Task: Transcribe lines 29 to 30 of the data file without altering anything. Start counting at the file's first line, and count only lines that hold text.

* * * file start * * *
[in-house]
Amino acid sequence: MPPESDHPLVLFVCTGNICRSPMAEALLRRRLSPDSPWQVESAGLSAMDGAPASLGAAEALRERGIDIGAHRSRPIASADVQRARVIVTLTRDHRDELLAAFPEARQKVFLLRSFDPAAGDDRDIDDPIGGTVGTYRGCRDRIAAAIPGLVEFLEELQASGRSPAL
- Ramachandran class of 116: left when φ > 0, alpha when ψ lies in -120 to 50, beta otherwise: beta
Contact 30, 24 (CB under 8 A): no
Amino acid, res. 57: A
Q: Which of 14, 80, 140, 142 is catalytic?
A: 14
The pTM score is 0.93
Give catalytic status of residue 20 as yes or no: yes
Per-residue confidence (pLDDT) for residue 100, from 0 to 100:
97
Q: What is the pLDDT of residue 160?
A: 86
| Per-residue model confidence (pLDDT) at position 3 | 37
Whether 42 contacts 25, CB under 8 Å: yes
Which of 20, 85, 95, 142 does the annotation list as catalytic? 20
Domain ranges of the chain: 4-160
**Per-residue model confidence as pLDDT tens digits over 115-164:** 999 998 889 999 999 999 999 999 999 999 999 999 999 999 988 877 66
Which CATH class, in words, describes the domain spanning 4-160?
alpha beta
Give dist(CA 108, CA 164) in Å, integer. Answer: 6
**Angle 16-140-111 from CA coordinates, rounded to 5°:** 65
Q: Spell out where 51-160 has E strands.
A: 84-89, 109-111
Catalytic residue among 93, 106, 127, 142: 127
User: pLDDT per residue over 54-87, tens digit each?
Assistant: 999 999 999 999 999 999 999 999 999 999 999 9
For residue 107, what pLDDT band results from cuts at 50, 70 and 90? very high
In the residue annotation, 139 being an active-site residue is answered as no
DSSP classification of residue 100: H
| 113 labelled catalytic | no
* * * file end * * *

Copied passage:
In the residue annotation, 139 being an active-site residue is answered as no
DSSP classification of residue 100: H